Over 80 KAUST students have already participated in eBIG events, which included organizing the KAUST selection for the Hult Prize for social entrepreneurship in 2015 and the development of the proposal for the 2015 Science, Technology, Engineering, Arts and Mathematics (STEAM) Innovation Challenge, a program later launched by I&ED in partnership with the Islamic Development Bank. The group plans to continue working on similar initiatives, and will be assisting with the upcoming Arabian Venture Forum event in November.

"The Open House event was a great opportunity to engage with visitors and the other participants, find common areas of interest and discuss some of eBIG's initiatives," said Kouraytem. "Each time we reach out to the community, we learn how we can better serve KAUST as a student-run group and how we can further contribute to the University's economic development mission."


SMDD, founded in 2014 in Jeddah by Saad Almittiri, develops membranes specifically for membrane distillation that will improve the efficiency of water treatment systems three to sixfold. The company currently holds three patents for its technology.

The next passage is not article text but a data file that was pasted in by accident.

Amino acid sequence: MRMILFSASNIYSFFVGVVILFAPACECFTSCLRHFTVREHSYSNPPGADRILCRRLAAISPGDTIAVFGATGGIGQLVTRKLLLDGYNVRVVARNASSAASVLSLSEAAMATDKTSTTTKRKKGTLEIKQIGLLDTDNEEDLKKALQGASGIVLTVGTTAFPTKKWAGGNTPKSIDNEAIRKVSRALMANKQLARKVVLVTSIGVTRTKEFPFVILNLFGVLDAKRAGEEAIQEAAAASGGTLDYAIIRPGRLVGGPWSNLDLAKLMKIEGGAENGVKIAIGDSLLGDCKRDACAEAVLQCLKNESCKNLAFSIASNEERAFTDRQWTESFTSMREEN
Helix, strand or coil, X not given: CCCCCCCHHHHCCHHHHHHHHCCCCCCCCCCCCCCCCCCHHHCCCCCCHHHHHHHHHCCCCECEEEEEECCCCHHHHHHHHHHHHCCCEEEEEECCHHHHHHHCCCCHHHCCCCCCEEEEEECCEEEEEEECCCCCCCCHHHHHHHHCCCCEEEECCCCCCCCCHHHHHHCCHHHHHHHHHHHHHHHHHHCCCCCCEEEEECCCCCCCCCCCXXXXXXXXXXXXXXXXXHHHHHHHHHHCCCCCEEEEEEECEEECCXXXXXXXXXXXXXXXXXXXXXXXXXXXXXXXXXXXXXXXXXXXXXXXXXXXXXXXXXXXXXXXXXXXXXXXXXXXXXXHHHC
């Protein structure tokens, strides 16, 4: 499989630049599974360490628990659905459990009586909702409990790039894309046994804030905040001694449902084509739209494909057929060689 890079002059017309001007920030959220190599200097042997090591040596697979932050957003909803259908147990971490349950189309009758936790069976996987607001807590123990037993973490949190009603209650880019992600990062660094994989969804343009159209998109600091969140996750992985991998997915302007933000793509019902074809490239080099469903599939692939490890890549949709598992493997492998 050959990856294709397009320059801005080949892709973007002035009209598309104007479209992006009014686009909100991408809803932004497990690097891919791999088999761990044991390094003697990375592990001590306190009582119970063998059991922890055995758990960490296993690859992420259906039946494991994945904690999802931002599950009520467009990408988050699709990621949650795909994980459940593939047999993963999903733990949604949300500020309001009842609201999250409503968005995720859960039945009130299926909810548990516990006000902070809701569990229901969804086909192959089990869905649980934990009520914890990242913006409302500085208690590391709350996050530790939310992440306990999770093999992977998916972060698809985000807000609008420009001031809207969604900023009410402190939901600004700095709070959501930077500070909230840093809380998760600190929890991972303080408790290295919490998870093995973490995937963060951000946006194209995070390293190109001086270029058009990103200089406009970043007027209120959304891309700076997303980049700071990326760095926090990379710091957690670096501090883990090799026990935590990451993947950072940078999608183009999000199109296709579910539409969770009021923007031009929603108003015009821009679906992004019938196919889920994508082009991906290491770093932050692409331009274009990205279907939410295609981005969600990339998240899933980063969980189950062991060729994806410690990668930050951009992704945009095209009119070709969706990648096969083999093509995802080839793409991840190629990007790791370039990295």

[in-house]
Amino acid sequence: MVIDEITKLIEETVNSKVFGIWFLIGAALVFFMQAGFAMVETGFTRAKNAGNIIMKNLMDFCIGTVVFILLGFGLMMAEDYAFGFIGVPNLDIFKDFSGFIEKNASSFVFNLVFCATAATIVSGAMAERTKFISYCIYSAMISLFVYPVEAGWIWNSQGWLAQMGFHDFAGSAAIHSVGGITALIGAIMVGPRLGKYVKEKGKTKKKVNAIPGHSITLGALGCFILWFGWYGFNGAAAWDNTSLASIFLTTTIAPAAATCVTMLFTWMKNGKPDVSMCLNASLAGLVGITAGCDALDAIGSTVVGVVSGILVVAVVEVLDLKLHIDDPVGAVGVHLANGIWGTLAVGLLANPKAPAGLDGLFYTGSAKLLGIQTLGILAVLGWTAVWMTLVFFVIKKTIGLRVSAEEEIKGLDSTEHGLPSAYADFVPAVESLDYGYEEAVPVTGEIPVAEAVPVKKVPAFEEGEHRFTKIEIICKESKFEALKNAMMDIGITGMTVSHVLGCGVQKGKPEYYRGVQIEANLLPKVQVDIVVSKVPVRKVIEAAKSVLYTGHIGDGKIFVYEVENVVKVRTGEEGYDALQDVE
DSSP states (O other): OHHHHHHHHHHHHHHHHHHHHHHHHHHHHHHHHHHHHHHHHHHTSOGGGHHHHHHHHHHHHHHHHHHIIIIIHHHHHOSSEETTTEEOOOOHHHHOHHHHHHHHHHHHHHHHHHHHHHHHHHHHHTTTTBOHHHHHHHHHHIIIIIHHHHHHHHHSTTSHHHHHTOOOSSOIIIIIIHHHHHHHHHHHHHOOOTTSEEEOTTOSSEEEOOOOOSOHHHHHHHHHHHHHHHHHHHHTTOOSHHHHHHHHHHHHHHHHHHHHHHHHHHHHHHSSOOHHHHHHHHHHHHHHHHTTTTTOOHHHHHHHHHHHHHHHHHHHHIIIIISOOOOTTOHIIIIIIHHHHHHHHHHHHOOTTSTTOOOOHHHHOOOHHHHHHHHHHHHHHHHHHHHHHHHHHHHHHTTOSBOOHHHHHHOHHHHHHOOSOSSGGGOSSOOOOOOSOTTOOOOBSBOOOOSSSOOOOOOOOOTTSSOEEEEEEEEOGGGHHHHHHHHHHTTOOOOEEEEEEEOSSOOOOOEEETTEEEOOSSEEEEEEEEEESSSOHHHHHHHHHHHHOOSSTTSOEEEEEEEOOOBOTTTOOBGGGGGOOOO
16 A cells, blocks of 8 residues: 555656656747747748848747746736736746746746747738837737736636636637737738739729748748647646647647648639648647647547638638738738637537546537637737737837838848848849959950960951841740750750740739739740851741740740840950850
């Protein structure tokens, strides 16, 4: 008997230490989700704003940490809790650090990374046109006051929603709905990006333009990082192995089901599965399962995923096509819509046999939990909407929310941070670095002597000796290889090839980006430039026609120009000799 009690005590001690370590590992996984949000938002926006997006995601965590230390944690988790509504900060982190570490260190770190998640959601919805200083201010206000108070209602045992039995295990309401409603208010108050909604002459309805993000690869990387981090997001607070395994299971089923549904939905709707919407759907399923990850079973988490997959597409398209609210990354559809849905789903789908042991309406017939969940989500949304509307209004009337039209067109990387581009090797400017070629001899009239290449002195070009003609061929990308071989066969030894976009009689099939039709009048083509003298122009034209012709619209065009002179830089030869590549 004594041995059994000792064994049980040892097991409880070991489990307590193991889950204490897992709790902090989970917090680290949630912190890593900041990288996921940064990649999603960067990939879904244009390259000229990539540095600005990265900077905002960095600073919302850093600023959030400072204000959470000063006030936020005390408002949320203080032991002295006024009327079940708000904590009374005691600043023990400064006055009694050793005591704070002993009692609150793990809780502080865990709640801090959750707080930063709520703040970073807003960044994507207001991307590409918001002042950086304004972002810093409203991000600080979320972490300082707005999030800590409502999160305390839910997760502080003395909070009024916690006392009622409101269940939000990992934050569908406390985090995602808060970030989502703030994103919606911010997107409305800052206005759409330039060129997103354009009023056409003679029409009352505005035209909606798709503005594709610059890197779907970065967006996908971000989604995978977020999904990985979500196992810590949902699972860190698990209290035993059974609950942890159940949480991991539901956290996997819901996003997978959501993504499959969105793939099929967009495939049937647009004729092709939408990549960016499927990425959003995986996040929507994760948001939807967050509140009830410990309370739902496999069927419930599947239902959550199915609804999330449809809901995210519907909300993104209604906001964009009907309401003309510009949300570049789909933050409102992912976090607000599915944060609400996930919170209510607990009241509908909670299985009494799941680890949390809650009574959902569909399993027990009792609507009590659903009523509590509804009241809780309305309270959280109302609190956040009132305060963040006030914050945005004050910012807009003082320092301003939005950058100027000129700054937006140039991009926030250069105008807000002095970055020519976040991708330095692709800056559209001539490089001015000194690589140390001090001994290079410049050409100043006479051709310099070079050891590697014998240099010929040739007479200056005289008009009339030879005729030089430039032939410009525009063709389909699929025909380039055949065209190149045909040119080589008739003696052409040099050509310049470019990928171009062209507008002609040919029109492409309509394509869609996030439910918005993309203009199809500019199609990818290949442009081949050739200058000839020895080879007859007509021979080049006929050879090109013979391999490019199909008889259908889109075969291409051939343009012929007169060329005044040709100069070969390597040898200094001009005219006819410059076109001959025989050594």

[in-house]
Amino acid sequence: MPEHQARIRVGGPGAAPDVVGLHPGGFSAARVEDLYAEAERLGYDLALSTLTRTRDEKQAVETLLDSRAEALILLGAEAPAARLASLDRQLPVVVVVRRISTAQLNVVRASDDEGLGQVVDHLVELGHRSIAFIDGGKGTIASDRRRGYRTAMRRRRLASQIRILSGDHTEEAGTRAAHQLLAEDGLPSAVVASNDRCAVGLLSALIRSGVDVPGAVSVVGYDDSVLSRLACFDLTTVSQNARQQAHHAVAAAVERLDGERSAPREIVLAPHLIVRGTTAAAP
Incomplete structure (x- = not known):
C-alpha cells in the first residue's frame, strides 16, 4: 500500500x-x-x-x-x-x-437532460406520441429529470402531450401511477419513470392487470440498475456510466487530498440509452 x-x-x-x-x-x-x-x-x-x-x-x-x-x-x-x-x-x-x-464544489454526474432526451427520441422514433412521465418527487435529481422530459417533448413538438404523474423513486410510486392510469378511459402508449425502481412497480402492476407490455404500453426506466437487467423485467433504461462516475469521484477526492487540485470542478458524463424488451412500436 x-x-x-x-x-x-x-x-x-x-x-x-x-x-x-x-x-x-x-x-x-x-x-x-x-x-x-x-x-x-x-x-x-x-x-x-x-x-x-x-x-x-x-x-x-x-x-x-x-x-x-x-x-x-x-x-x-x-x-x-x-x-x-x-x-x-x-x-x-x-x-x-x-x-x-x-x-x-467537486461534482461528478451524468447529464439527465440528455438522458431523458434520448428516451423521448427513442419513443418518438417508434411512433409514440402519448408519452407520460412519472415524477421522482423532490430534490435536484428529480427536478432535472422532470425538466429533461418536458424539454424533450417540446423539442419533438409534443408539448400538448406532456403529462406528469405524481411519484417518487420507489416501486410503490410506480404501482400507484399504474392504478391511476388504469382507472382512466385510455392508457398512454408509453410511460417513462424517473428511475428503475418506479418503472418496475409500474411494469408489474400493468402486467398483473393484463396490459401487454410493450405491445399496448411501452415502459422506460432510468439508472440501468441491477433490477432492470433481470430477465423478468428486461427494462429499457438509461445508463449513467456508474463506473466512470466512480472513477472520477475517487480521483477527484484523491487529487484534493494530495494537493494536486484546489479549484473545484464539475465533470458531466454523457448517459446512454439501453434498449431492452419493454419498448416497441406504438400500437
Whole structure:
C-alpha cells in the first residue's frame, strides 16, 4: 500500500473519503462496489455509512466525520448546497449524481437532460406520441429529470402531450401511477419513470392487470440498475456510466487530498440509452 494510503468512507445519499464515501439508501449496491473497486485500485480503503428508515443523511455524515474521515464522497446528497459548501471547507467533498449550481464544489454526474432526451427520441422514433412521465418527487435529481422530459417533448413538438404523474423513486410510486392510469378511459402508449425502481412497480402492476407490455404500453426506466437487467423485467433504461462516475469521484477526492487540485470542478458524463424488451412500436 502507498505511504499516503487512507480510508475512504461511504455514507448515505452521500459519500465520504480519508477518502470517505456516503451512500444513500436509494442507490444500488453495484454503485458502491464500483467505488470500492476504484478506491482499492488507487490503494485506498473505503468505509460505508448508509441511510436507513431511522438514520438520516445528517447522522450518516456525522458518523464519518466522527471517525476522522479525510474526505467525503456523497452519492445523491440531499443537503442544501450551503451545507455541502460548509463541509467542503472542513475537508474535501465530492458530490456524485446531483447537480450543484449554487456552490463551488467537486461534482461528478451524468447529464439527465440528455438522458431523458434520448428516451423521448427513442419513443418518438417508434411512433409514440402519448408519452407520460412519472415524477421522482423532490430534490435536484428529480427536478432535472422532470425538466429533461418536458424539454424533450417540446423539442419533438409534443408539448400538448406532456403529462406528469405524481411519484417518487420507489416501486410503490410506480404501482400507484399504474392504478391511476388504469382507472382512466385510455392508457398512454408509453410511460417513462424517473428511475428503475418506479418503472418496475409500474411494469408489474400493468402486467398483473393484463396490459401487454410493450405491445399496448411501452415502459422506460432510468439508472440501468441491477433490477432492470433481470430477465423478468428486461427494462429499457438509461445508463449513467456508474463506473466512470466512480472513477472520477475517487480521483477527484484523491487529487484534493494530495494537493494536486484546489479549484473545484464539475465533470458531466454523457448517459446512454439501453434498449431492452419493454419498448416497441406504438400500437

"Using our newly developed membranes, the energy consumption is expected to be much lower compared to other conventional processes, as the whole system could be run by solar energy for heating, cooling and water circulation processes," said Fouad Mahdi, SMDD's managing director. "We aim to be a part of the solution to preventing water shortage around the world, and in particular in countries like Saudi Arabia where there is no naturally regenerated drinking water, but where water desalination is low-cost and huge production of water is needed."

"The University's Innovation Cluster is a 'plug and play' location for us where we can quickly and efficiently begin making use of the many resources at KAUST, like the professors, students, researchers and lab facilities," Mahdi continued. "Our base here helps us to rapidly reach our goals."


Technology company IITS is headquartered in Jeddah and provides solutions for the health informatics field. Founded in 2012, IITS has grown from a three-member core team to 22 members. The company currently works with clinics and governmental institutions, implementing health informatics platforms for them.